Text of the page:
With an impending move on the horizon, it’s easy to push off packing.
You have so many other things on your mind, like saying goodbye to your neighborhood and anticipating the new one where you’ll be settling.
If you’re moving to a new city or state, there are the farewell parties, tying up loose ends at your job and making camp and school plans for your kids. No matter how long you avoid it, the packing has to get done or there will be no move.
“The longer you wait to begin unpacking, the less motivation and energy you’ll have, so don’t put it off,” advises Carolyn McKibbon of MyMove.com. “Your mood will improve if you keep telling yourself that each empty box brings you closer to making your new house a home.”
Making a Plan and Getting Started
This may seem obvious, but don’t assume you have a true move date before you have booked a moving company. Many clients wait until the week of their desired move date to sign a contract with a mover, which can increase moving costs, corner you into hiring packers or even force you to push back your move date. Once you have a definite date for your move, make a packing plan that will allow you to create an inventory of what you own, determine which items you want to move and which you want to sell or give away and alleviate some of the packing pressure by spreading it out over many weeks.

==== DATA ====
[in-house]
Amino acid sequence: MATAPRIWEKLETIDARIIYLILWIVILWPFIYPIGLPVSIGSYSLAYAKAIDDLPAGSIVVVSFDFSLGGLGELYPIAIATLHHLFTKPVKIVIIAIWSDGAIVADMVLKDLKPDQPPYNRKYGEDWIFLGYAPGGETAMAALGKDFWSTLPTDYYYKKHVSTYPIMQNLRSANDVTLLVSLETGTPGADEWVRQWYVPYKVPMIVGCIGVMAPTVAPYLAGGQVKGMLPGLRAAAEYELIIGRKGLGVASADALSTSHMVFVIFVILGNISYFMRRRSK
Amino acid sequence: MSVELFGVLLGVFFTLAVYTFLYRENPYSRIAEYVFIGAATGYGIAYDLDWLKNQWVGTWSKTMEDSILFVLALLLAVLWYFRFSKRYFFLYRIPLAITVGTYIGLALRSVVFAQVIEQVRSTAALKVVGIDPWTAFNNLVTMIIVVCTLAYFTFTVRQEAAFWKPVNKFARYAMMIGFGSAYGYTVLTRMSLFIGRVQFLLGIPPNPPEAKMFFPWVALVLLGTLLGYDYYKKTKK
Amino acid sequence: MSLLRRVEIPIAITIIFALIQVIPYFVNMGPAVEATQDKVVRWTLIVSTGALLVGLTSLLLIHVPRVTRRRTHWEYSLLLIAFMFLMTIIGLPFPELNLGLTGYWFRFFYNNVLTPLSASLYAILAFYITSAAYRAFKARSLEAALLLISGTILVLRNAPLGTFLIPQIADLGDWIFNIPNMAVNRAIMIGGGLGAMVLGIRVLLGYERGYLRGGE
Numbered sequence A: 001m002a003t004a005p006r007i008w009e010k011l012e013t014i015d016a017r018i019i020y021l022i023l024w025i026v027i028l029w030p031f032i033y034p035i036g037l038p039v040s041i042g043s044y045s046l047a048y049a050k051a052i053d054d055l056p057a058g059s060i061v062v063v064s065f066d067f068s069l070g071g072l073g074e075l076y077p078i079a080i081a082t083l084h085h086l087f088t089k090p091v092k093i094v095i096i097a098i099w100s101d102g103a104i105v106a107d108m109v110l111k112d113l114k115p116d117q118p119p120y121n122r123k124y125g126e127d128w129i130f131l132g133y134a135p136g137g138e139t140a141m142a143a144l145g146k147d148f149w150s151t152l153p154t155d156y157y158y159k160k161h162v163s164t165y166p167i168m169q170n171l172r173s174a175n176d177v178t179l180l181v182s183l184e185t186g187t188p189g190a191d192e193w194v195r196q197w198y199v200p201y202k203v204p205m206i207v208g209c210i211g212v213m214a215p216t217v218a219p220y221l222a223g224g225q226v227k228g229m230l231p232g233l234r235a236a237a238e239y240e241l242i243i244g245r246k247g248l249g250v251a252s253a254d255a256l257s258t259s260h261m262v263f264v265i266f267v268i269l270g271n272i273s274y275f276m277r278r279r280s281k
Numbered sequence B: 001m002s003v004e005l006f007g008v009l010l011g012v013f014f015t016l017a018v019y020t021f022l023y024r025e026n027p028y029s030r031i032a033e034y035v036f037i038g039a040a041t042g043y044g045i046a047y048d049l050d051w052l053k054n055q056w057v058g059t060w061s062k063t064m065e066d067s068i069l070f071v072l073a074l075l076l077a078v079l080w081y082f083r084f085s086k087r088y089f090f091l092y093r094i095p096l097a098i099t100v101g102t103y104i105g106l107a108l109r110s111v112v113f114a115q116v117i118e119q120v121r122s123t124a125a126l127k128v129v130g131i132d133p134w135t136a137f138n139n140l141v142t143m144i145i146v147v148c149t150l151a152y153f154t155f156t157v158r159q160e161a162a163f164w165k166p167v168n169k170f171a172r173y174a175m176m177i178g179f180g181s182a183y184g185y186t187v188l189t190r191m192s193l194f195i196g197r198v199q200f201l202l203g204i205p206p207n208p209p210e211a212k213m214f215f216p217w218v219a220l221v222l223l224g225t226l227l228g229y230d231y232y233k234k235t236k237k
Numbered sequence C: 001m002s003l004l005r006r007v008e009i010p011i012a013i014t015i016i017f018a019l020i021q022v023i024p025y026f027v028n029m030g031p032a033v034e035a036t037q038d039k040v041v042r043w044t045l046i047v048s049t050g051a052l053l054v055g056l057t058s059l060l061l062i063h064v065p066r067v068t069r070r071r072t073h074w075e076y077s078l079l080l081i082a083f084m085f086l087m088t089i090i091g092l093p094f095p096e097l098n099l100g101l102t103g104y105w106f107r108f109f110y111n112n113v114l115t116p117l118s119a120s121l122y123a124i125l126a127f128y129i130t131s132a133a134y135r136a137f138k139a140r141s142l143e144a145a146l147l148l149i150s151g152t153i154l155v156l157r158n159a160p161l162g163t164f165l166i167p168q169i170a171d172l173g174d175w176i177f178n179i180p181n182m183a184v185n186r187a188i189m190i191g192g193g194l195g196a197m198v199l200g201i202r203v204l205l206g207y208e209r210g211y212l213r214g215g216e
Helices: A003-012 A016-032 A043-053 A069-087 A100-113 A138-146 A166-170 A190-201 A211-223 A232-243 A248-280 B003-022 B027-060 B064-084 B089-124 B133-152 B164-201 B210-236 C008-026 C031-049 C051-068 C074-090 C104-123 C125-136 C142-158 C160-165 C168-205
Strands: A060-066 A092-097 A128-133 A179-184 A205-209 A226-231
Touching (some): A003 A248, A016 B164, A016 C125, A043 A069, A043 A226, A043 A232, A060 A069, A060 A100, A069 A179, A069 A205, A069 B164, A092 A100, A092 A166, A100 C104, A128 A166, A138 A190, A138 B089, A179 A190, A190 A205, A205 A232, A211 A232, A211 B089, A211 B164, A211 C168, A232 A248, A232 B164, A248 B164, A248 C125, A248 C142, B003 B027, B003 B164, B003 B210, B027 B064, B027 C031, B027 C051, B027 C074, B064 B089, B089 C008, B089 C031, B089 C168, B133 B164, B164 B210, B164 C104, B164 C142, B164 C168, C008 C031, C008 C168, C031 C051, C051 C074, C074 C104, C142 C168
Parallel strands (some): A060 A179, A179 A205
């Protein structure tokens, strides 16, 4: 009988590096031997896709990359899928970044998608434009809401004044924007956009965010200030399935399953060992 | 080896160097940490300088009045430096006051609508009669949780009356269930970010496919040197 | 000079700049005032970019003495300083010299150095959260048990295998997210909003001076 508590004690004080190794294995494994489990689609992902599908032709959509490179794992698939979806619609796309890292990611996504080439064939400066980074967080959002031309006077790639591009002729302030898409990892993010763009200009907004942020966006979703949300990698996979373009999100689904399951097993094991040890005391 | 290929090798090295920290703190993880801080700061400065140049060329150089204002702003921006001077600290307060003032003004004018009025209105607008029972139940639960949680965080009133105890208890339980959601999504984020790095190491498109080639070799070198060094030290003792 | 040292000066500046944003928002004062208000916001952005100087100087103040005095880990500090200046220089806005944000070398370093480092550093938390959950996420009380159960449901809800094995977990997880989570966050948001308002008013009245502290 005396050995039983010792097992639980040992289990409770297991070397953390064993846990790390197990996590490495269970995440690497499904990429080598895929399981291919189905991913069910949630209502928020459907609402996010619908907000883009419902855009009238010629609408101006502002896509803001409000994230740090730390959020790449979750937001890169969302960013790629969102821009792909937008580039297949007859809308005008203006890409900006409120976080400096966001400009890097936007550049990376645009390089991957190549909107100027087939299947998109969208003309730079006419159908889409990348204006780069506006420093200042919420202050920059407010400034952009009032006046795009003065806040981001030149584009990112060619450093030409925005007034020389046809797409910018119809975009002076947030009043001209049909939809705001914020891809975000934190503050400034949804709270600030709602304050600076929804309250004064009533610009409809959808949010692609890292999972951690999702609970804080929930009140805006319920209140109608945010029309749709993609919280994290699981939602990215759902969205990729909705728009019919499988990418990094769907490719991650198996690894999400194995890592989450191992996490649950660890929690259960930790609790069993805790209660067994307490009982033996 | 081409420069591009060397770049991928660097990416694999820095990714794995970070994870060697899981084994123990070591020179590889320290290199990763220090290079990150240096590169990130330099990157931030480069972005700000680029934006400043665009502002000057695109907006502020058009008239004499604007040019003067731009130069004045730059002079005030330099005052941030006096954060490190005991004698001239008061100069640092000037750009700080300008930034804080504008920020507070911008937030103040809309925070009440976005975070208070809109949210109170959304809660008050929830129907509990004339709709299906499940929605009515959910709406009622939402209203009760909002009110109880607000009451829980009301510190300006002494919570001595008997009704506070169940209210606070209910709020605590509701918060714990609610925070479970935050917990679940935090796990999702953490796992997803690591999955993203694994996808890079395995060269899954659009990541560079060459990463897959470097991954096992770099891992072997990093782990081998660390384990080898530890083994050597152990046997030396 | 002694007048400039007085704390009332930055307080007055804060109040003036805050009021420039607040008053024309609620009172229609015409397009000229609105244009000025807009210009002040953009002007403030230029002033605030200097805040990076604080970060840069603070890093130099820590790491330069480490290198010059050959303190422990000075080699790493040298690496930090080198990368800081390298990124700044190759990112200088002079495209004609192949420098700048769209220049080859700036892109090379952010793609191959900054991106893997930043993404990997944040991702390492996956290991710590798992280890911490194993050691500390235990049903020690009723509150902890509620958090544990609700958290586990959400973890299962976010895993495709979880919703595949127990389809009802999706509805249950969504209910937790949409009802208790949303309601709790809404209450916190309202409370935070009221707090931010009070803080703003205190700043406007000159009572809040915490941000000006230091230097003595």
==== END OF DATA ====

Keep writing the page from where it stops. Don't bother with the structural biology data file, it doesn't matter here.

As You Sort and Pack, Take Inventory
Depending on the coverage plan you purchase with your movers, you will be required to present an inventory list in the event of damage or theft. Without an actual inventory, it’s also unlikely you’ll remember everything you own.
Also, knowing what you own is beneficial if you ever need to make good on homeowners insurance. Another perk: with a clear idea of what you have, you can best decide how to organize your new home.
Several apps, such as MyStuff2 and Delicious Library, can make the process simple. If you aren’t a techie, pen and paper will do just fine (when you’re done, put it in a fireproof box where you keep important papers).
Assess All Your Stored Items
About six weeks before your move, there is some prep work that will make your final week before moving much easier.